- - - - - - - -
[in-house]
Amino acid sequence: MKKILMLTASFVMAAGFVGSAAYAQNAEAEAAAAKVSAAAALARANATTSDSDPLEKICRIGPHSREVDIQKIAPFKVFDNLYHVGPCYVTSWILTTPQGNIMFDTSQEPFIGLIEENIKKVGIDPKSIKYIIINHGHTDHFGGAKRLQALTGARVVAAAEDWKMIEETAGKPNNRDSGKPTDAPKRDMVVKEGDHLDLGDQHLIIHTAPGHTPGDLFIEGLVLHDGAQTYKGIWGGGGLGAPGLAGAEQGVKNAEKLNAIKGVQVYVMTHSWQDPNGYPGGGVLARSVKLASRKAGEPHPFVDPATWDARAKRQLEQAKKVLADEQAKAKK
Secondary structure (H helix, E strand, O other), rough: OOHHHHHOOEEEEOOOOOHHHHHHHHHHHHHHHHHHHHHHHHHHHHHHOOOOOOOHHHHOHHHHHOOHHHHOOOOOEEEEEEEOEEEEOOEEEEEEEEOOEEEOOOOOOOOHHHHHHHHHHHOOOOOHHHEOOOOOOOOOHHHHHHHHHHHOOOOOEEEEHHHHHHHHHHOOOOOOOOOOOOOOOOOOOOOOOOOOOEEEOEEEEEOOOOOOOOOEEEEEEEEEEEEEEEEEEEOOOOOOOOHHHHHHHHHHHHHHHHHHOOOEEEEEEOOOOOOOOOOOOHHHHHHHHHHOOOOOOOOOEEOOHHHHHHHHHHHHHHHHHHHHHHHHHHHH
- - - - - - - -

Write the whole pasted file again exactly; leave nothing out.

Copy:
[in-house]
Amino acid sequence: MKKILMLTASFVMAAGFVGSAAYAQNAEAEAAAAKVSAAAALARANATTSDSDPLEKICRIGPHSREVDIQKIAPFKVFDNLYHVGPCYVTSWILTTPQGNIMFDTSQEPFIGLIEENIKKVGIDPKSIKYIIINHGHTDHFGGAKRLQALTGARVVAAAEDWKMIEETAGKPNNRDSGKPTDAPKRDMVVKEGDHLDLGDQHLIIHTAPGHTPGDLFIEGLVLHDGAQTYKGIWGGGGLGAPGLAGAEQGVKNAEKLNAIKGVQVYVMTHSWQDPNGYPGGGVLARSVKLASRKAGEPHPFVDPATWDARAKRQLEQAKKVLADEQAKAKK
Secondary structure (H helix, E strand, O other), rough: OOHHHHHOOEEEEOOOOOHHHHHHHHHHHHHHHHHHHHHHHHHHHHHHOOOOOOOHHHHOHHHHHOOHHHHOOOOOEEEEEEEOEEEEOOEEEEEEEEOOEEEOOOOOOOOHHHHHHHHHHHOOOOOHHHEOOOOOOOOOHHHHHHHHHHHOOOOOEEEEHHHHHHHHHHOOOOOOOOOOOOOOOOOOOOOOOOOOOEEEOEEEEEOOOOOOOOOEEEEEEEEEEEEEEEEEEEOOOOOOOOHHHHHHHHHHHHHHHHHHOOOEEEEEEOOOOOOOOOOOOHHHHHHHHHHOOOOOOOOOEEOOHHHHHHHHHHHHHHHHHHHHHHHHHHHH